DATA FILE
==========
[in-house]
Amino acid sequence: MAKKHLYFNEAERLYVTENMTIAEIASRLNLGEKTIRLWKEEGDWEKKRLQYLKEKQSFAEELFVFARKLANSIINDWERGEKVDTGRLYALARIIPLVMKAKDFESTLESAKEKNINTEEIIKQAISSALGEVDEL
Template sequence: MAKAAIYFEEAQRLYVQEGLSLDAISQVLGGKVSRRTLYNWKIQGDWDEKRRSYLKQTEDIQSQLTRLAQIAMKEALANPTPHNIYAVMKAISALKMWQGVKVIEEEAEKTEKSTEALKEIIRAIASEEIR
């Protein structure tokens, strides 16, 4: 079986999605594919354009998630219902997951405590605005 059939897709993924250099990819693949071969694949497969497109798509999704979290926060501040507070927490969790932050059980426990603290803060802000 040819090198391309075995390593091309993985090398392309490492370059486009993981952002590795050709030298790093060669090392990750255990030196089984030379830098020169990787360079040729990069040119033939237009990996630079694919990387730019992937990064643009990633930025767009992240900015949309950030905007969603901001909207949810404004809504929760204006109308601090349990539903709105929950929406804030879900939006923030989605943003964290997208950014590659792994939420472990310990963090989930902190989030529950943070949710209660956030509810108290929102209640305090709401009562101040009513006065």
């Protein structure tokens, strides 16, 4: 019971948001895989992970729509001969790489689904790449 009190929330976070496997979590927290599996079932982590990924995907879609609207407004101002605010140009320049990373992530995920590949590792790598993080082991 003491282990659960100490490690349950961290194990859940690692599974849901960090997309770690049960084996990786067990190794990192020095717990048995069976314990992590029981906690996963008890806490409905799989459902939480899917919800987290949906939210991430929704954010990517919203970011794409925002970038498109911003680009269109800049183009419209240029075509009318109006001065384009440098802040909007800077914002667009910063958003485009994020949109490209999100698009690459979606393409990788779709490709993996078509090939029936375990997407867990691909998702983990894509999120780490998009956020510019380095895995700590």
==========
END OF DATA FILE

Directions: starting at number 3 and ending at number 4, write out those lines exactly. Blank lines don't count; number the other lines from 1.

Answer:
Template sequence: MAKAAIYFEEAQRLYVQEGLSLDAISQVLGGKVSRRTLYNWKIQGDWDEKRRSYLKQTEDIQSQLTRLAQIAMKEALANPTPHNIYAVMKAISALKMWQGVKVIEEEAEKTEKSTEALKEIIRAIASEEIR
């Protein structure tokens, strides 16, 4: 079986999605594919354009998630219902997951405590605005 059939897709993924250099990819693949071969694949497969497109798509999704979290926060501040507070927490969790932050059980426990603290803060802000 040819090198391309075995390593091309993985090398392309490492370059486009993981952002590795050709030298790093060669090392990750255990030196089984030379830098020169990787360079040729990069040119033939237009990996630079694919990387730019992937990064643009990633930025767009992240900015949309950030905007969603901001909207949810404004809504929760204006109308601090349990539903709105929950929406804030879900939006923030989605943003964290997208950014590659792994939420472990310990963090989930902190989030529950943070949710209660956030509810108290929102209640305090709401009562101040009513006065």